Trichosanthes ovigera (PROSEA)

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Plant Resources of South-East Asia
Introduction
List of species


Trichosanthes ovigera Blume

Protologue: Bijdr. fl. Ned. Ind.: 934 (1826).

Synonyms

  • Trichosanthes horsfieldii Miq. (1856),
  • Trichosanthes cucumeroides (Ser.) Maxim. ex Fr. & Sav. (1875),
  • Trichosanthes himalensis C.B. Clarke (1879).

Vernacular names

  • Indonesia: areuy tiwuk (Sundanese)
  • Vietnam: hoa bát.

Distribution

From the Himalayas to China, Taiwan, Vietnam, Thailand, Sumatra, Java, the Lesser Sunda Islands and north-eastern Australia.

Uses

In China, Japan and Taiwan the root is regarded as a good remedy for intestinal parasites, jaundice and bloody stools. It is also considered to be a diuretic and galactagogue. In eastern China, it is a substitute for T. kirilowii. In Taiwan, the root and seeds are applied to soothe the throat and lungs and to prevent inflammation, and are also considered to be a bechic, expectorant and thirst quenching. Boiled fruits are eaten as a side dish with rice. In China and Japan the starch of the tubers is sometimes extracted.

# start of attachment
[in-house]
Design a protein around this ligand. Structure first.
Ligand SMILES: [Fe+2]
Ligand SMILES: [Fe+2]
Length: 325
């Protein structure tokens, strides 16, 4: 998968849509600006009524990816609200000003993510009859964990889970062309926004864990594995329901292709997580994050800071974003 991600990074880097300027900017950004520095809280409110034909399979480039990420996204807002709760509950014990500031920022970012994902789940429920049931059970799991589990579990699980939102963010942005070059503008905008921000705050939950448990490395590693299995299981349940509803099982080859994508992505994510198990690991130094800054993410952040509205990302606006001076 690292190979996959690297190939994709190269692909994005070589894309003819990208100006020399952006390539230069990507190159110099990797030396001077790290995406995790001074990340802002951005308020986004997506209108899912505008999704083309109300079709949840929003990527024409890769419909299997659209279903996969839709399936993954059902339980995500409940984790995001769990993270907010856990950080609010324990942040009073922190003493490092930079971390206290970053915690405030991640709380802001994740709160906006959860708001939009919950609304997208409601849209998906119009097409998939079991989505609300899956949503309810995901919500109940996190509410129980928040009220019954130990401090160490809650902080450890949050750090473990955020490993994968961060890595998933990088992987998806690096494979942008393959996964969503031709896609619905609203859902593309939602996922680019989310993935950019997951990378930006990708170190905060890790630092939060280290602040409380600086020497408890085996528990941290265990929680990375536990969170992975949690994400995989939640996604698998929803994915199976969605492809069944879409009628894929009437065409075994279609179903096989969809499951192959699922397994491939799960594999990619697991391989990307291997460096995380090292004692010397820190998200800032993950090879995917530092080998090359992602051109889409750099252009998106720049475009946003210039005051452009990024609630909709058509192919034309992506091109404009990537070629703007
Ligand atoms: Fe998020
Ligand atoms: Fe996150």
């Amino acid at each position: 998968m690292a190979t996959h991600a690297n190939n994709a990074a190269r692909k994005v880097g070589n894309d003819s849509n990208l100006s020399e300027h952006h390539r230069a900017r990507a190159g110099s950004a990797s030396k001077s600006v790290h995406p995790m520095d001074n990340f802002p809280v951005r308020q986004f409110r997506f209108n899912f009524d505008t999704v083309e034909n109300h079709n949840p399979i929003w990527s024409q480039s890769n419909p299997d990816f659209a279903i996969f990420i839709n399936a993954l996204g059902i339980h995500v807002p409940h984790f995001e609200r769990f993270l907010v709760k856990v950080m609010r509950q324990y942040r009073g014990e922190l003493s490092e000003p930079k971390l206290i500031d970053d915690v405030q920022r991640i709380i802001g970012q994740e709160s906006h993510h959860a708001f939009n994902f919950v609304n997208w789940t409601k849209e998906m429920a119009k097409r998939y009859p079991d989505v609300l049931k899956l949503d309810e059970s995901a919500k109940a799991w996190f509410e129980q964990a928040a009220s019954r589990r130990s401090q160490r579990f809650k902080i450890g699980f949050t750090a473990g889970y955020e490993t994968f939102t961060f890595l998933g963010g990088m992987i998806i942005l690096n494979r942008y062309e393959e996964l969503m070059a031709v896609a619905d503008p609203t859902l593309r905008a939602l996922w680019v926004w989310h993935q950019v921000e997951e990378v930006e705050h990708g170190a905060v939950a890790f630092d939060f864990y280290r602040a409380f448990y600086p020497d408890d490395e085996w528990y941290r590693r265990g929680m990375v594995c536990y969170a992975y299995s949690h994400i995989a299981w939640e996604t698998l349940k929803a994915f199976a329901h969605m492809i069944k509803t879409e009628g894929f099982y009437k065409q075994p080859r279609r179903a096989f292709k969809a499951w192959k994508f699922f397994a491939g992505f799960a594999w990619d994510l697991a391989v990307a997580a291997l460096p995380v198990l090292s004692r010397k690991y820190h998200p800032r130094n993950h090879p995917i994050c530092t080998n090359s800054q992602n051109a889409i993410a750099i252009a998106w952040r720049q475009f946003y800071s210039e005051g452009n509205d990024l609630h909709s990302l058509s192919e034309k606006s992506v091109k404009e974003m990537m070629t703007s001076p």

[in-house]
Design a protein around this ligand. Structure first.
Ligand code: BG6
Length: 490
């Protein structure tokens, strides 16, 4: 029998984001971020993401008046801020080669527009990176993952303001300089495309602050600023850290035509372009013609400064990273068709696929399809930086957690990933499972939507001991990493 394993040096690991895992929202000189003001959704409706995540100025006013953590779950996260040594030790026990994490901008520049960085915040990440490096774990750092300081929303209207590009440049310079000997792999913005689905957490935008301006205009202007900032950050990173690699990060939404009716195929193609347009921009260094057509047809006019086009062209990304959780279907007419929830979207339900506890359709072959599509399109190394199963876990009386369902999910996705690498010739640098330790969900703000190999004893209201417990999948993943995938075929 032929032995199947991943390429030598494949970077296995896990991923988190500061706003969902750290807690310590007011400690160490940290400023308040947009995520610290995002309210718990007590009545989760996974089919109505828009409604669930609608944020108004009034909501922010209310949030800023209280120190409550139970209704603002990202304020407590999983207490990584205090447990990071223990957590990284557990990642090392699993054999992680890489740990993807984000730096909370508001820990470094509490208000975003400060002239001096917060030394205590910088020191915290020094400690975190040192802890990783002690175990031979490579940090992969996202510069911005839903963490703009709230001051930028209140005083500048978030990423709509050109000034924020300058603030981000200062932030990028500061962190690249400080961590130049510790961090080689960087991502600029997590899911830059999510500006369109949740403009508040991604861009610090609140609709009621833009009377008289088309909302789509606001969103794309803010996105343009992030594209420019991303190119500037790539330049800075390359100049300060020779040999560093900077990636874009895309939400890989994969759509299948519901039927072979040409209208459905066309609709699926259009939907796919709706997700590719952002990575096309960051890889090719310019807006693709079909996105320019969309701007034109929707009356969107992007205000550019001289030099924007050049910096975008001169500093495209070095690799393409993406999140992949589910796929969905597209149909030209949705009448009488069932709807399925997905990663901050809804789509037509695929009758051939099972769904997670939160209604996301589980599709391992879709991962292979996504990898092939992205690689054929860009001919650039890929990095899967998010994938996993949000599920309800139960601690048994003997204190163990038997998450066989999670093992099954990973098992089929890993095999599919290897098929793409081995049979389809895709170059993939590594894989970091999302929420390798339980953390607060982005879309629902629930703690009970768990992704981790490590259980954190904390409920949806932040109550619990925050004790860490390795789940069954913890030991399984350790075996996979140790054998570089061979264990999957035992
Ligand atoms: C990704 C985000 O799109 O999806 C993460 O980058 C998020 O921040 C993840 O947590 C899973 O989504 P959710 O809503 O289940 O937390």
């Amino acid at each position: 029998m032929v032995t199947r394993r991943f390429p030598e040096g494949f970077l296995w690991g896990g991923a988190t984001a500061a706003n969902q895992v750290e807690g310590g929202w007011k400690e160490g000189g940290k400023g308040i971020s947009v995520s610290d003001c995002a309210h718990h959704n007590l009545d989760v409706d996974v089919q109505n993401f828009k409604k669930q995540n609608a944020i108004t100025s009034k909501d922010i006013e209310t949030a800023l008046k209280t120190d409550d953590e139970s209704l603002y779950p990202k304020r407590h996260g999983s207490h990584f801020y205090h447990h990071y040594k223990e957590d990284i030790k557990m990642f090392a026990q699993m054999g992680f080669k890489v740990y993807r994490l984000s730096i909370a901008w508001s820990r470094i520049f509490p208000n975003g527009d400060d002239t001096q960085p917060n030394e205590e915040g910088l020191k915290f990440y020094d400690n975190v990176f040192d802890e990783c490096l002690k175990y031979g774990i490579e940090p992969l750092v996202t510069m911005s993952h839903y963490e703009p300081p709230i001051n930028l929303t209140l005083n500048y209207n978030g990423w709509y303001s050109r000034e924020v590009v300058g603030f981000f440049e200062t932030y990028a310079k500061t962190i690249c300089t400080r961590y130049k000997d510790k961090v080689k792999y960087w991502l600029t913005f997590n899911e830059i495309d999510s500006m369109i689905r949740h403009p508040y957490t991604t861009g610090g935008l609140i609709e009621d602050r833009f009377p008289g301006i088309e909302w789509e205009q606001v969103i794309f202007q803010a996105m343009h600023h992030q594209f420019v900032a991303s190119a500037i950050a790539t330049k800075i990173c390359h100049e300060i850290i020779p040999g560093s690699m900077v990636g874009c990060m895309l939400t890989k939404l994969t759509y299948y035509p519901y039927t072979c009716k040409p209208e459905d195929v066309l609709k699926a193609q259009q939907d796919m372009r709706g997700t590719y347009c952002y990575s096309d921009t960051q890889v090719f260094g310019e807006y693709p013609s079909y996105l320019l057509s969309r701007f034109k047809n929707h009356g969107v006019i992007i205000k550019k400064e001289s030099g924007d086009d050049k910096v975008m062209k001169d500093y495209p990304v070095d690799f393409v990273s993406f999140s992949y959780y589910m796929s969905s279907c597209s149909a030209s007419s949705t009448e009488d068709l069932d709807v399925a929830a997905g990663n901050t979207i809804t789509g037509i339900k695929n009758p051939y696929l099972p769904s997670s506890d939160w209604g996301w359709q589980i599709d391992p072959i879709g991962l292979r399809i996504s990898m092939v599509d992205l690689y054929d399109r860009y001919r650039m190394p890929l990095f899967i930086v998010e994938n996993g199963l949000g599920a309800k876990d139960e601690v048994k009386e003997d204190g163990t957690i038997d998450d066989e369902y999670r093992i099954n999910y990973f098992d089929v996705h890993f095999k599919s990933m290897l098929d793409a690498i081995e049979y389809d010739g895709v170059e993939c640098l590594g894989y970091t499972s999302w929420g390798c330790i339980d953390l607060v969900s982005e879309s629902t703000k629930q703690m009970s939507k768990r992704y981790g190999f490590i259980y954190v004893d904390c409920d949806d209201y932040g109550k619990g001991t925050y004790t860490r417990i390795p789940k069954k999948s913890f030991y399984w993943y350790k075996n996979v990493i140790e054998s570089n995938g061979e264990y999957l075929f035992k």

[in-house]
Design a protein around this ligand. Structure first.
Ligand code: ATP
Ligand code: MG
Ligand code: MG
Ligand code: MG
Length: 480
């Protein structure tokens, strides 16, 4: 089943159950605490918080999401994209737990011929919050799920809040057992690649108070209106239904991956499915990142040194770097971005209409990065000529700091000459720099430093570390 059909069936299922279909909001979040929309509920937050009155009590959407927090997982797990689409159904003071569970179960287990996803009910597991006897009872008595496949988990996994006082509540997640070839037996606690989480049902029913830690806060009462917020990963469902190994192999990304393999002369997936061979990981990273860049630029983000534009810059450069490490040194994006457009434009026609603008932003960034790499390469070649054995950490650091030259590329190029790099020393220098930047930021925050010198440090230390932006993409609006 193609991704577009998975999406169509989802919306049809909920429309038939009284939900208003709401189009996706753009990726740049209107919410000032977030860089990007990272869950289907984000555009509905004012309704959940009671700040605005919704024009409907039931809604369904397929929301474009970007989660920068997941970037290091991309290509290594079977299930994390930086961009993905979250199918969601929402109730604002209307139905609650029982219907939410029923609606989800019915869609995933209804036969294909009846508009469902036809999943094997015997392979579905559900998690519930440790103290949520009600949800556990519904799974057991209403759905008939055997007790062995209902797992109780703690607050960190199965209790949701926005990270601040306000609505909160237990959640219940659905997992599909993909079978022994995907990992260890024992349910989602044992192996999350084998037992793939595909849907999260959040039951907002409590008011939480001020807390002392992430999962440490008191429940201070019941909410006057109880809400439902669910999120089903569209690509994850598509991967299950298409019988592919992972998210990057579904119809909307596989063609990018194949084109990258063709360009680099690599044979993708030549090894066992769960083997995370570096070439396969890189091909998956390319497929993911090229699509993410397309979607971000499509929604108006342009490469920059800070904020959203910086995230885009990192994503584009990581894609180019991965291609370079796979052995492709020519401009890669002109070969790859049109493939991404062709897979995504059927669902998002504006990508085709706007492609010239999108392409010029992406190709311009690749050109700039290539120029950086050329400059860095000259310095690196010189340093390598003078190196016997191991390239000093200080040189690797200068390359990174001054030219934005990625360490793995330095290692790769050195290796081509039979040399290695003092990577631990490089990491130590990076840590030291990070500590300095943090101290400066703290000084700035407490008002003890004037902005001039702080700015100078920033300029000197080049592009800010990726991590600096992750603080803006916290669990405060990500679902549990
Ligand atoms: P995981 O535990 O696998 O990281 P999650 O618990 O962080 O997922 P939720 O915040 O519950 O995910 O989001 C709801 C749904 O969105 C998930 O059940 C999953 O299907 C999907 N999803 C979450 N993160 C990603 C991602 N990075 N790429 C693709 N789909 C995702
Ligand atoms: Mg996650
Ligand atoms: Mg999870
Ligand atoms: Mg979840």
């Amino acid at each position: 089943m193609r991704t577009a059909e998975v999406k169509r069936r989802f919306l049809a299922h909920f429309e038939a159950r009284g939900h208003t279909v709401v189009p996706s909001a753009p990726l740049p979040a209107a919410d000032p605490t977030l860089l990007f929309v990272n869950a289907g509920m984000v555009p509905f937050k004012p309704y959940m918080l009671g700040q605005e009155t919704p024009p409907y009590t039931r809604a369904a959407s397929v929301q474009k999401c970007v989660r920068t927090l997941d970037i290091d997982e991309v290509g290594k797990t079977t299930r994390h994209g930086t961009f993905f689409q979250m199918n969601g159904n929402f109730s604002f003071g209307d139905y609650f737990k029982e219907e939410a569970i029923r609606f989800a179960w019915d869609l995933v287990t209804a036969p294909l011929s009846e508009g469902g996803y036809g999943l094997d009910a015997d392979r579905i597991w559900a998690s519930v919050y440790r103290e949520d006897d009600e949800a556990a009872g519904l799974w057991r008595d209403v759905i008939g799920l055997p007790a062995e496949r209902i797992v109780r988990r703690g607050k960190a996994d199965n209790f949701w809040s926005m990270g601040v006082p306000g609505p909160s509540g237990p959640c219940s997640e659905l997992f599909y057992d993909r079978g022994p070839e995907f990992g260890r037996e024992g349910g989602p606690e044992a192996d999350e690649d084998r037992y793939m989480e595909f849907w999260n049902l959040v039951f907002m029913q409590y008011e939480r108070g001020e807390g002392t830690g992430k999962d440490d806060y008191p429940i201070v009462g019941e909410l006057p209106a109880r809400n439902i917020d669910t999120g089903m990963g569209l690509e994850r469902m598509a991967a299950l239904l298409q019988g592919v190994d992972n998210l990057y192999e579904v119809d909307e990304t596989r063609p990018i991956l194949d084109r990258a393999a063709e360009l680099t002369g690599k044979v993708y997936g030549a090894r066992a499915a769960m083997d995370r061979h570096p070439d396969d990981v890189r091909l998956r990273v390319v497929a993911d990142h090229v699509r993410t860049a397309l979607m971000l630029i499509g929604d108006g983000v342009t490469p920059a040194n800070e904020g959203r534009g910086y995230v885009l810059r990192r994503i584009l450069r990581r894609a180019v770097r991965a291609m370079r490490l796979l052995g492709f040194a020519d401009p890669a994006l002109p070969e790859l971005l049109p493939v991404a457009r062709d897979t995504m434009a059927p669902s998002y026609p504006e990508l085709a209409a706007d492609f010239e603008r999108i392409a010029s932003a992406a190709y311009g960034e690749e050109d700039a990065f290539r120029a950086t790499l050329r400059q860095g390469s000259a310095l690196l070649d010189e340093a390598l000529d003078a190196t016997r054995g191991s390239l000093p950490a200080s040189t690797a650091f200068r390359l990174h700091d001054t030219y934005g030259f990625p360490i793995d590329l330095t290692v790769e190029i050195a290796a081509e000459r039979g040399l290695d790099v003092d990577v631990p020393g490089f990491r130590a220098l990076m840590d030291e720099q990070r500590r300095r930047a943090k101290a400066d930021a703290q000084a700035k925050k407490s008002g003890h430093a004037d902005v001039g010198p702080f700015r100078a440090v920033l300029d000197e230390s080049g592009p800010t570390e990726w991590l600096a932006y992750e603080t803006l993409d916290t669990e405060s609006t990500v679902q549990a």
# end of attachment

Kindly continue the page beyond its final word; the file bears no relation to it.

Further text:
Observations

  • A dioecious, perennial vine, stem angular, sparsely puberulous to glabrescent.
  • Leaves broadly ovate to suborbicular in outline, unlobed to deeply 3-5-lobed, 7-15 cm × 6-15 cm, base deeply cordate, lobes ovate to obovate, obtuse to acute, mucronate, denticulate, scabrid above, densely pubescent to velvety below.
  • Corolla up to 5 cm in diameter; male flowers in 6-20 cm long racemes, bracts narrowly obovate, 5-10 mm long, dentate; female flowers solitary.

Fruit ovoid to ellipsoidal, 8-10 cm × 2.5-3 cm, glabrous.

  • Seeds broadly ovate, cylindrical.

T. ovigera is found in light forests, forest margins, thickets and roadsides, up to 1600 m altitude.

Selected sources

97, 486, 721, 870, 1024, 1126, 1263, 1443. medicinals

Authors

M.S.M. Sosef, E. Boer & N. Bunyapraphatsara